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Cycling trend in the Wood River Valley making bike safety necessary

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Posted at 4:58 PM, Jul 28, 2021
and last updated 2021-07-29 18:03:49-04

HAILEY, Idaho — In the Wood River Valley, one of the most popular ways to get around is on the back of a bicycle. With the community growing, it is becoming more important to understand proper bike safety.

Whether it is for recreating or just for running errands, Blaine County residents often choose a bicycle as a way of exercise or to be environmentally friendly.

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“Lots of people are out on bikes, people on bikes is a good thing,” said Hailey bike shop owner Chip Deffe.

Chip is the owner of bike shop Sun Summit South and he said this summer has been a busy one with lots of first-time bike owners out on the roads.

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“You have to be not just defensive, but you actually have to be offensive, and a lot of cars don’t like the bicycle out there,” Deffe said.

Fortunately, the Wood River Valley is a bike-friendly community with bike paths and safe routes to school. But with the surge of bike riders on the roads, knowing proper bike safety is a necessity.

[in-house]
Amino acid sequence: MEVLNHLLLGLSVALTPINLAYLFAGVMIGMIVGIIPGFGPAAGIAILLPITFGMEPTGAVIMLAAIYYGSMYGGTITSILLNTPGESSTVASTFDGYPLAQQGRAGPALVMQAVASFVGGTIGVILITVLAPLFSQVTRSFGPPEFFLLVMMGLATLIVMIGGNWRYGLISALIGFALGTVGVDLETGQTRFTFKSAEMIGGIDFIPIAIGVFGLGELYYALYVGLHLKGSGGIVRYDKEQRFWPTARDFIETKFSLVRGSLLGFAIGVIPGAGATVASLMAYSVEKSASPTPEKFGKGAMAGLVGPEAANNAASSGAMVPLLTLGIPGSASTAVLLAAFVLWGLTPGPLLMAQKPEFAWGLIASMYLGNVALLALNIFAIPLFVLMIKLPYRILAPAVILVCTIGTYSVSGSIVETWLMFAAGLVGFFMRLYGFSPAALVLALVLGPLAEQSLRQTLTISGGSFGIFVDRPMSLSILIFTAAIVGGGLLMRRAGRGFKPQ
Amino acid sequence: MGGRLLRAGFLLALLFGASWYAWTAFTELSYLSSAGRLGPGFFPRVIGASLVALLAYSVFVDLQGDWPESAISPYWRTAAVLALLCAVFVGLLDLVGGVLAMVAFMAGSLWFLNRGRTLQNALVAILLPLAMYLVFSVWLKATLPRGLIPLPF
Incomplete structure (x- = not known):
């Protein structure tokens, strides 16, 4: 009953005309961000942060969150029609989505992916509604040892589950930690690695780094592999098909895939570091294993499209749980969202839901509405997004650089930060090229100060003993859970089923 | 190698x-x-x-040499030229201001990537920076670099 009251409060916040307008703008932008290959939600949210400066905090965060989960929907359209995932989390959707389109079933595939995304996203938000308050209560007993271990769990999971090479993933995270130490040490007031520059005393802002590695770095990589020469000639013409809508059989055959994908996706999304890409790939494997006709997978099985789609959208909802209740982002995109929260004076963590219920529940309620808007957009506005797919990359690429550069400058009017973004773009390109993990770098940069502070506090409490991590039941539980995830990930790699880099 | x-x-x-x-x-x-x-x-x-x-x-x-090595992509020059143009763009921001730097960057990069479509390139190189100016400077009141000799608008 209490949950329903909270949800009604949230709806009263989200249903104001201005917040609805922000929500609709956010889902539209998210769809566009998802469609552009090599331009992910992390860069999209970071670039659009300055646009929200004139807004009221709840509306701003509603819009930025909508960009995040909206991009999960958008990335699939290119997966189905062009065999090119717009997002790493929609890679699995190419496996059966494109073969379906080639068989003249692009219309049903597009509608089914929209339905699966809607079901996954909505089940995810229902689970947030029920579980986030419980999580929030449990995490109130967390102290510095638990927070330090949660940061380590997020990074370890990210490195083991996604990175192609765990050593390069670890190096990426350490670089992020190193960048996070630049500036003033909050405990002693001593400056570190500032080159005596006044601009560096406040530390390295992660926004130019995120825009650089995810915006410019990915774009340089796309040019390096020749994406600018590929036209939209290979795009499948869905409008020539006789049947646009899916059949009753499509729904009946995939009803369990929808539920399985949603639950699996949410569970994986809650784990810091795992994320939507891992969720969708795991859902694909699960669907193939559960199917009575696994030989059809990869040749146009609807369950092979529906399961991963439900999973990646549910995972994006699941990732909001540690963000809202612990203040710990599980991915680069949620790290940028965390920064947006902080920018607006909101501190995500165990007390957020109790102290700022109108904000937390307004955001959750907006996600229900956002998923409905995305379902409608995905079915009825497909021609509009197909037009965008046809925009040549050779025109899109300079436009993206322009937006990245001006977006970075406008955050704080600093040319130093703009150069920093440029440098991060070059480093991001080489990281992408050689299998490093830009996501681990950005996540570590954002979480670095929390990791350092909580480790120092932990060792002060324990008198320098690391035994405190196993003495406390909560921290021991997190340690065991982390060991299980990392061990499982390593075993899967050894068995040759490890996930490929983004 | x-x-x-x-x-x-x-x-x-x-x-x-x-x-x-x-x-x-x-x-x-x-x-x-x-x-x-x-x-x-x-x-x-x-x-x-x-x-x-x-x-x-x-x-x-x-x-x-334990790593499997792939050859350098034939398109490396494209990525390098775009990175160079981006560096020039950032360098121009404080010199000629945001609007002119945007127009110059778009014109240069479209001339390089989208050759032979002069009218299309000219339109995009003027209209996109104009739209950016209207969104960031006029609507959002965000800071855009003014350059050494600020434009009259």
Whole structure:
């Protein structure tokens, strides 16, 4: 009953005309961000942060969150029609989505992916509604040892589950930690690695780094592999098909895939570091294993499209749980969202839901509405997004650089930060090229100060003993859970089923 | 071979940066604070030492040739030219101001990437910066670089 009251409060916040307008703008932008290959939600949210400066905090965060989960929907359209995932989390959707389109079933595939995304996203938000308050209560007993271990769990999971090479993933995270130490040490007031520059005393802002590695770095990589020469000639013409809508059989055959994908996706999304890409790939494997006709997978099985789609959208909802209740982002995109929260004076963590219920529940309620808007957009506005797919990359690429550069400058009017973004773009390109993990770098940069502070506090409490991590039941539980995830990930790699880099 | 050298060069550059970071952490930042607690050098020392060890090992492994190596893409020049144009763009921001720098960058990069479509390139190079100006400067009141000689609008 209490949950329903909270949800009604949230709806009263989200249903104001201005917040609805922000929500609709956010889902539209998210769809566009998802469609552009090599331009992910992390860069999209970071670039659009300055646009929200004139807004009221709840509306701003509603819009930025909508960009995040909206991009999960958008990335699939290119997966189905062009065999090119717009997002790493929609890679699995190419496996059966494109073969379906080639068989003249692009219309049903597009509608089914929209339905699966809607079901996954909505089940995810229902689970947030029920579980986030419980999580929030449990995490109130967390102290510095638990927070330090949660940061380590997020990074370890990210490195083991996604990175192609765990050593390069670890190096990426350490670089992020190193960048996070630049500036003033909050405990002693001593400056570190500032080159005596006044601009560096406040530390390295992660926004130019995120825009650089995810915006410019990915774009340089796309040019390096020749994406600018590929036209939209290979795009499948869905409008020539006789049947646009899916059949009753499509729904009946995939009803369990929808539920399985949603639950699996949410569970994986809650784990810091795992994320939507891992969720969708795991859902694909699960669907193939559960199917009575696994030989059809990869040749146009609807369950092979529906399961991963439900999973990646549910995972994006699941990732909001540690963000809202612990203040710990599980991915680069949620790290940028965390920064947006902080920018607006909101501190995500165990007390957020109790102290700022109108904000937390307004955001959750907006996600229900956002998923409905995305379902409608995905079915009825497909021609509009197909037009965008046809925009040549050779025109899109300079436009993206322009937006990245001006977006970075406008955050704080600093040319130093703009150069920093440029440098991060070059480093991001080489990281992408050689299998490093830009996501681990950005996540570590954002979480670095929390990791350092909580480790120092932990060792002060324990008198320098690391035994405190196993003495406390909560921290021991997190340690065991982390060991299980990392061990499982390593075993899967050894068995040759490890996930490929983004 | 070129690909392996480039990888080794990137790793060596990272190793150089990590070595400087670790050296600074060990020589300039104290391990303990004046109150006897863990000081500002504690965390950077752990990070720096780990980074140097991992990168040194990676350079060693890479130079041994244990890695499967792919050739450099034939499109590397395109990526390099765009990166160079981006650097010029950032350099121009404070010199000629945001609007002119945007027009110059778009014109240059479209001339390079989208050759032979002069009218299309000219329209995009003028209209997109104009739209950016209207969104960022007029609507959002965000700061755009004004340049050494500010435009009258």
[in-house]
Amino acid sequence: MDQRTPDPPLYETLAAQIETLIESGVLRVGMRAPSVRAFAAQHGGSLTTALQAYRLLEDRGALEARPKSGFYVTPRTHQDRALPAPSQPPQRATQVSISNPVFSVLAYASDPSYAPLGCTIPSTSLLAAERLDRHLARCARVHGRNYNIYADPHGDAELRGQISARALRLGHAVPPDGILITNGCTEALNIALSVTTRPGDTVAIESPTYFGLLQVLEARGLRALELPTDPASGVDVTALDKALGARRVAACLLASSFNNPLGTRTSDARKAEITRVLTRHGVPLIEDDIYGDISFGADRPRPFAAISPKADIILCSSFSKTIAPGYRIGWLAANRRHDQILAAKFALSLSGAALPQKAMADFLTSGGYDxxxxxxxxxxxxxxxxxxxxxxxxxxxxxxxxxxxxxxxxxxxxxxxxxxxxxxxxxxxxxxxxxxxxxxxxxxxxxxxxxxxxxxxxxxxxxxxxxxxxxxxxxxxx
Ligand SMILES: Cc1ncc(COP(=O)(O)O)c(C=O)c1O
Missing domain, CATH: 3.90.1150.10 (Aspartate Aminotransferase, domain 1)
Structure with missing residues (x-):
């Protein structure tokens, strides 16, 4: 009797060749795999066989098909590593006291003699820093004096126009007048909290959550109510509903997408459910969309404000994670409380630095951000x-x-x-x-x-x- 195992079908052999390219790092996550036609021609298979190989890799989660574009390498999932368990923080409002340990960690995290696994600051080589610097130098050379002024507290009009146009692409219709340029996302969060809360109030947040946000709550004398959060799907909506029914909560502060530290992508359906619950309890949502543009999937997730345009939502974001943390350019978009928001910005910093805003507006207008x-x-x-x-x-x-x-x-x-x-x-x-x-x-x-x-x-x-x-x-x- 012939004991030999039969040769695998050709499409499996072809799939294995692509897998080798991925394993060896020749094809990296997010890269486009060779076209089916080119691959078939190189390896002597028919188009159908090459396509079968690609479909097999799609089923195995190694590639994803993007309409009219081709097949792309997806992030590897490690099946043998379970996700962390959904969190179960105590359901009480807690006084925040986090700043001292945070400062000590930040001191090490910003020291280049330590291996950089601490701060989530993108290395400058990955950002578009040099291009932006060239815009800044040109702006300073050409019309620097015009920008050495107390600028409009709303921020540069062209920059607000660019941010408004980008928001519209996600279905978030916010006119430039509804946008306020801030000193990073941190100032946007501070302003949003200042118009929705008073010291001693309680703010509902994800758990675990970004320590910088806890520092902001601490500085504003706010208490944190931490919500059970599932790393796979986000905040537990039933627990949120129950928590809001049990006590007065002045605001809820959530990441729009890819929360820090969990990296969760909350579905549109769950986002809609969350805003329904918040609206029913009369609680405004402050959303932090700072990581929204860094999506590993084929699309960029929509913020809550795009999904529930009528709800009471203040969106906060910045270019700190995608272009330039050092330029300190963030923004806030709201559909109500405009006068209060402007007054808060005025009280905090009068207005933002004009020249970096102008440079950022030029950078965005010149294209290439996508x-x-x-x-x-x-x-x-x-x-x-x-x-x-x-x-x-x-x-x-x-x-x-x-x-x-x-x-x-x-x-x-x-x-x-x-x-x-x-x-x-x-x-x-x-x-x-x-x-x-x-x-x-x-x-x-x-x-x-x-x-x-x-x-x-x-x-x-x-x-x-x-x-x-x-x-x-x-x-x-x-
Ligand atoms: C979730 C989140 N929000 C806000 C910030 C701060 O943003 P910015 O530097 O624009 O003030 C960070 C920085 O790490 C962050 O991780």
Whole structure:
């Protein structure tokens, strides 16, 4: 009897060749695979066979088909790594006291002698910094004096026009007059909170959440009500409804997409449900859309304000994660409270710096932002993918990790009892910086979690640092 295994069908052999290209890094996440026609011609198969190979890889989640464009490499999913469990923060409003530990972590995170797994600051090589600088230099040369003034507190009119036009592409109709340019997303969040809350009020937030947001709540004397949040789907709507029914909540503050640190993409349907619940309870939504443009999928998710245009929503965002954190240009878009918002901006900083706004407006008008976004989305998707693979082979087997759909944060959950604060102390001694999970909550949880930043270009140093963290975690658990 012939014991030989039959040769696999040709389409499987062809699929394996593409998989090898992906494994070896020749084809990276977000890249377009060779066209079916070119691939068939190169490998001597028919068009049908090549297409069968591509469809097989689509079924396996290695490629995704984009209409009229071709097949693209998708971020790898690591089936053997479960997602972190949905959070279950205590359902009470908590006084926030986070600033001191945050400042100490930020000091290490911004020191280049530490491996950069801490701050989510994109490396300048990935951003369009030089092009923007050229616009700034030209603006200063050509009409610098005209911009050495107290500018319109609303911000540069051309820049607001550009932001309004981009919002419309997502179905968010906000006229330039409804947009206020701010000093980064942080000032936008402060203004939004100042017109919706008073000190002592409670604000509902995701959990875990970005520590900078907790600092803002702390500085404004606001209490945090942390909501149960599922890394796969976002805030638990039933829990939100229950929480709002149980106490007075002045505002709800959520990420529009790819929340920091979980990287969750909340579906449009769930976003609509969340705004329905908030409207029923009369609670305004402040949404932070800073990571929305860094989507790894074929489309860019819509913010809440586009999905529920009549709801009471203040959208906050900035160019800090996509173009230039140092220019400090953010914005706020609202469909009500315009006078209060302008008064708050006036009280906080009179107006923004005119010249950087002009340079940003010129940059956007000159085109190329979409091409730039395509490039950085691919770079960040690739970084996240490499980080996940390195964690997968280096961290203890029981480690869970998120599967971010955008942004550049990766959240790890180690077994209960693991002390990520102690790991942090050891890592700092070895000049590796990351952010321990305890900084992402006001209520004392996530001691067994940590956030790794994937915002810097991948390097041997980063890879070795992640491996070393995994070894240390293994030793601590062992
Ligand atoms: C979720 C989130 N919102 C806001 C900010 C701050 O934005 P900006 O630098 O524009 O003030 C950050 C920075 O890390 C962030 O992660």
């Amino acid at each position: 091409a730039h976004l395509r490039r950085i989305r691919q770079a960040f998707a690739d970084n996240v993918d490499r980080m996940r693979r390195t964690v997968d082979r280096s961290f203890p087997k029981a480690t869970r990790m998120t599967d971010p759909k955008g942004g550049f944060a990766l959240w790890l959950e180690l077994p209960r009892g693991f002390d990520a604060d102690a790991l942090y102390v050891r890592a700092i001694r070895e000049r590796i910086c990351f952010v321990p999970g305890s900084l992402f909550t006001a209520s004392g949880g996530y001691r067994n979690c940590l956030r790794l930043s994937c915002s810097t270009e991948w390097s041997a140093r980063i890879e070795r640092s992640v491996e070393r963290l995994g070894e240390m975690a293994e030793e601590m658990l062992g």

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“I think the biggest increase we have right now is the e-bikes the electronic bikes,” said Hailey Fire Chief Mike Baledge. “Make sure you are minding speed limits and wearing helmets, I see a lot of kids on these bikes, and they are traveling pretty high speeds and a lot of them are not wearing helmets.”

Proper bike safety is also on the minds of those at the Hailey Public Library, who spent their Wednesday hosting a bike training for young riders.

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“Lots of kids on bikes all over the place,” said Elise Deklotz with the Hailey Public Library. “We just want to make sure as kids are little that they start to learn the rules of the road on a bike.”

Officials remind all cyclists to please get off your bike and walk them when you are on a crosswalk, and to make sure you are always wearing the proper gear in order to remain safe if an accident were to occur.

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“Regardless of your form of transportation, whether you are pushing a scooter around, whether you are riding a bicycle or walking, be a good user out there,” said Deffe.

As a bike shop owner, Deffe said when customers come in to get their first bike, the biggest advice he gives to them is to pay attention and not expect cars to stop for you or expect you to have the right of way.